Browse Prior Art Database

Method for Reading Uncommitted Changes of Other Users

IP.com Disclosure Number: IPCOM000100636D
Original Publication Date: 1990-May-01
Included in the Prior Art Database: 2005-Mar-15
Document File: 2 page(s) / 76K

Publishing Venue

IBM

Related People

Hoffman, RD: AUTHOR [+2]

Abstract

Disclosed is a way to allow users access to the uncommitted changes of other users, without unduly affecting the integrity of transactions.

This text was extracted from an ASCII text file.
This is the abbreviated version, containing approximately 52% of the total text.

Method for Reading Uncommitted Changes of Other Users

       Disclosed is a way to allow users access to the
uncommitted changes of other users, without unduly affecting the
integrity of transactions.

      UNCOMMITTED READ is a new isolation level which a user may
specify when he or she wishes to read rows from tables irrespective
of any locks which may be held by other users. This kind of access
improves both performance of the accessing application and
concurrency of the overall system, at the expense of exposing the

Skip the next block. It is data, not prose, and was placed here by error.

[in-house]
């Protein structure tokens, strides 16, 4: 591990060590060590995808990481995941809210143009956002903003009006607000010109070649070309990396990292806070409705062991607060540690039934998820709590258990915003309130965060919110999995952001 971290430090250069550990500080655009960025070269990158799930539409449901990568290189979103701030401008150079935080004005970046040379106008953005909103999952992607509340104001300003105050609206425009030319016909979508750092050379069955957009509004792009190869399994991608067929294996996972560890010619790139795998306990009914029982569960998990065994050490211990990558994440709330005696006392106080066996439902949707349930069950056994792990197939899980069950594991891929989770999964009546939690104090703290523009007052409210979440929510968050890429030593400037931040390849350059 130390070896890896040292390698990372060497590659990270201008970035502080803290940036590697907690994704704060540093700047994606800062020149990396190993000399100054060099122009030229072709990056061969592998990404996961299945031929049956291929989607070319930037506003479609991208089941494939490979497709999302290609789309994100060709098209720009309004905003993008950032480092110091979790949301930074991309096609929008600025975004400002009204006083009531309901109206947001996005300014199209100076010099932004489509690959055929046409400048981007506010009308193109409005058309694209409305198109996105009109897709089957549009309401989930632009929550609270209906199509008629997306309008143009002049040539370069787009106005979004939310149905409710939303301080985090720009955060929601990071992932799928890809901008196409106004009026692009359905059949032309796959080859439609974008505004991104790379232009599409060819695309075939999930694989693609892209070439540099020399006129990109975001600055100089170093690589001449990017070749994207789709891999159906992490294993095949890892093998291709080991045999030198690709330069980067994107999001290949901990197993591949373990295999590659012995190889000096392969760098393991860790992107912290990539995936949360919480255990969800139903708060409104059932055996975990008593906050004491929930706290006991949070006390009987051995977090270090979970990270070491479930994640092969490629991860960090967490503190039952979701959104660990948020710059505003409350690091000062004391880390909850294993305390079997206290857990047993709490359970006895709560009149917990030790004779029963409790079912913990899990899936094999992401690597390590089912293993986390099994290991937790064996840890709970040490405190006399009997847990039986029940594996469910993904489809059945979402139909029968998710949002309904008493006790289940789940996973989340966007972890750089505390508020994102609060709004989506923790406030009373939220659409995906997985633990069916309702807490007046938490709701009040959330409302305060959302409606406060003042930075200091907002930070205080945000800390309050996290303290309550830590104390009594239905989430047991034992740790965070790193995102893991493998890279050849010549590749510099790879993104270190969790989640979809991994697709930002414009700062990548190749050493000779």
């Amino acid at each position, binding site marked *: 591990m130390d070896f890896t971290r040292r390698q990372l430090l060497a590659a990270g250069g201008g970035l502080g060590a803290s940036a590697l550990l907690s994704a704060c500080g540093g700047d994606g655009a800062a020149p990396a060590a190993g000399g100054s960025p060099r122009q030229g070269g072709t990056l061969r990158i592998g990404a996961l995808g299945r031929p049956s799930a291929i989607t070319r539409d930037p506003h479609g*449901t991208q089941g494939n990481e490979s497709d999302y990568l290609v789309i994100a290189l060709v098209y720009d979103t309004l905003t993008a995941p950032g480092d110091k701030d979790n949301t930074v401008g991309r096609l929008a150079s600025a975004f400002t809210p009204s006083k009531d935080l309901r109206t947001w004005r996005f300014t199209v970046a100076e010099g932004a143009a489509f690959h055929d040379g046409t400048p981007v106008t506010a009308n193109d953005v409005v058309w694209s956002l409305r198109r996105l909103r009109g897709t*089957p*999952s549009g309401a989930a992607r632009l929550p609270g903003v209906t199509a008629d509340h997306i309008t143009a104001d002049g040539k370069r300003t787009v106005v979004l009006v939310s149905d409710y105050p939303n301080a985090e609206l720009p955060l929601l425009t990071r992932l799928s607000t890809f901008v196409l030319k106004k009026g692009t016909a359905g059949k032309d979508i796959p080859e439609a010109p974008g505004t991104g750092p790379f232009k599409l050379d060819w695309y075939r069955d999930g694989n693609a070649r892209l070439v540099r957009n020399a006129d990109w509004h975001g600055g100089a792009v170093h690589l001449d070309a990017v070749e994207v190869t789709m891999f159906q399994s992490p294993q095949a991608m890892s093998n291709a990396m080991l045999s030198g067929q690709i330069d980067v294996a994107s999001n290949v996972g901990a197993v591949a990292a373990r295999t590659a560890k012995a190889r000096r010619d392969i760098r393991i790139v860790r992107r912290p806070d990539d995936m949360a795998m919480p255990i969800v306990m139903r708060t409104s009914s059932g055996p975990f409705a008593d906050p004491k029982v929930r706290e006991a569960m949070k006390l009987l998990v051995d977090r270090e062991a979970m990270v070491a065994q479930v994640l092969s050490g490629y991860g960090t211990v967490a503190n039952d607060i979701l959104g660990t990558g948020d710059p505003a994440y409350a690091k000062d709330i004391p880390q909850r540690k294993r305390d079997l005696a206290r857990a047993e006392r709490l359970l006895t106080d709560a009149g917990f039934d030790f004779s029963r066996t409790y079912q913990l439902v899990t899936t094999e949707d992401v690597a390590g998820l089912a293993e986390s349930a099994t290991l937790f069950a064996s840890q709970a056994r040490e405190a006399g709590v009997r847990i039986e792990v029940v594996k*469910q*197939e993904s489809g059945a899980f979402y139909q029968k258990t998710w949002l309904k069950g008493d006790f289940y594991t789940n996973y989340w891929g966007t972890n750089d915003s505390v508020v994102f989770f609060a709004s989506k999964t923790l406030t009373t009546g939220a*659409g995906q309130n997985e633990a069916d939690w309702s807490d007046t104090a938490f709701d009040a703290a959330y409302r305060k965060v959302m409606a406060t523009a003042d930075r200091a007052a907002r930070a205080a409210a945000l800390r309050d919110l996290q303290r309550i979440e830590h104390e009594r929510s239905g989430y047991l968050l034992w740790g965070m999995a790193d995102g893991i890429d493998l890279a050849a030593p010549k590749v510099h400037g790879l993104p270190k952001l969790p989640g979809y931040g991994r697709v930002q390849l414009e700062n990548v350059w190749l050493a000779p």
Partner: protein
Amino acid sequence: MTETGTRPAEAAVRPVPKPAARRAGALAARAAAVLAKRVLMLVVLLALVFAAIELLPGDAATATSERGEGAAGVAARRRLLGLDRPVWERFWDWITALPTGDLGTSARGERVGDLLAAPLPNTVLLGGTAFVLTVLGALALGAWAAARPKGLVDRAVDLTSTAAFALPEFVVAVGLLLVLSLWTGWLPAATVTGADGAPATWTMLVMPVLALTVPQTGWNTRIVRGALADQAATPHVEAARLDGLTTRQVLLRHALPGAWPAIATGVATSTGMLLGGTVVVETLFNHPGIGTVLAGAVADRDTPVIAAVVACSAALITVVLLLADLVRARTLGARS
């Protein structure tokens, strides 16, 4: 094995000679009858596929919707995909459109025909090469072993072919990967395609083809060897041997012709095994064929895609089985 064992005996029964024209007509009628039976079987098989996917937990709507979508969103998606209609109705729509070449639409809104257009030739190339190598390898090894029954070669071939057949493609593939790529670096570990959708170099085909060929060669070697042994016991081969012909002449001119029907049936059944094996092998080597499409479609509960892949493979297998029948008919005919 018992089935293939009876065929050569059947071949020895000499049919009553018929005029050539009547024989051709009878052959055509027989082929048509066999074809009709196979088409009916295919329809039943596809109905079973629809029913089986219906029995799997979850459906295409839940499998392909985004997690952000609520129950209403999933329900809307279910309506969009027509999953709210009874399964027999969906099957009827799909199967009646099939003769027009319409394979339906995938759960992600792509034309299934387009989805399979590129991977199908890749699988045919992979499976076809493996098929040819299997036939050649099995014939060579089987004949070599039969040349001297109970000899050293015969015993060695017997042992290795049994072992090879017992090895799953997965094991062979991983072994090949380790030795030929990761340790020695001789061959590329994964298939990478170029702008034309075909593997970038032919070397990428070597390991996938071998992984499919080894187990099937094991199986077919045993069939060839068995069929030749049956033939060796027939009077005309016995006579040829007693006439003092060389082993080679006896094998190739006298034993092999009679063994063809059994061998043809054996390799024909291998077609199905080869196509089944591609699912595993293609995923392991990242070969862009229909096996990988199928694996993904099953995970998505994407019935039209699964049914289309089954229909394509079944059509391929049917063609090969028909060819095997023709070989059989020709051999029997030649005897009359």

user to certain integrity risks. Four main problems can occur:
      1.   THE UNDO PROBLEM: Process P1 reads a record, and changes
it. Process P2, operating under UNCOMMITTED READ, reads the record.
P1 then issues a ROLLBACK, which restores the record to its original
state. P2 now has bad data.
      2.   THE CHANGE PROBLEM: P1 reads a record.  P2, operating
under UNCOMMITTED READ, reads the record.  P1 then changes the record
and issues a COMMIT.  P2 now has bad data.
      3.   THE UNEXPECTED ACCESS PROBLEM: P1, operating under
REPEATABLE READ, reads a record.  P2, operating under UNCOMMITTED
READ, reads and changes the record. Now P1 has bad data, even though
REPEATABLE READ guarantees this will not happen.
      4.   THE DROP PROBLEM P2, operating under UNCOMMITTED READ,
opens a cursor on a table. P1 drops the table.  P2 is now in trouble.

      The first two problems affect only the process using
UNCOMMITTED READ and are regarded as the price to be paid. The third
problem, however, must be avoided because it invalidates the
guarantees of other isolation levels, and the fourth problem must be
avoide...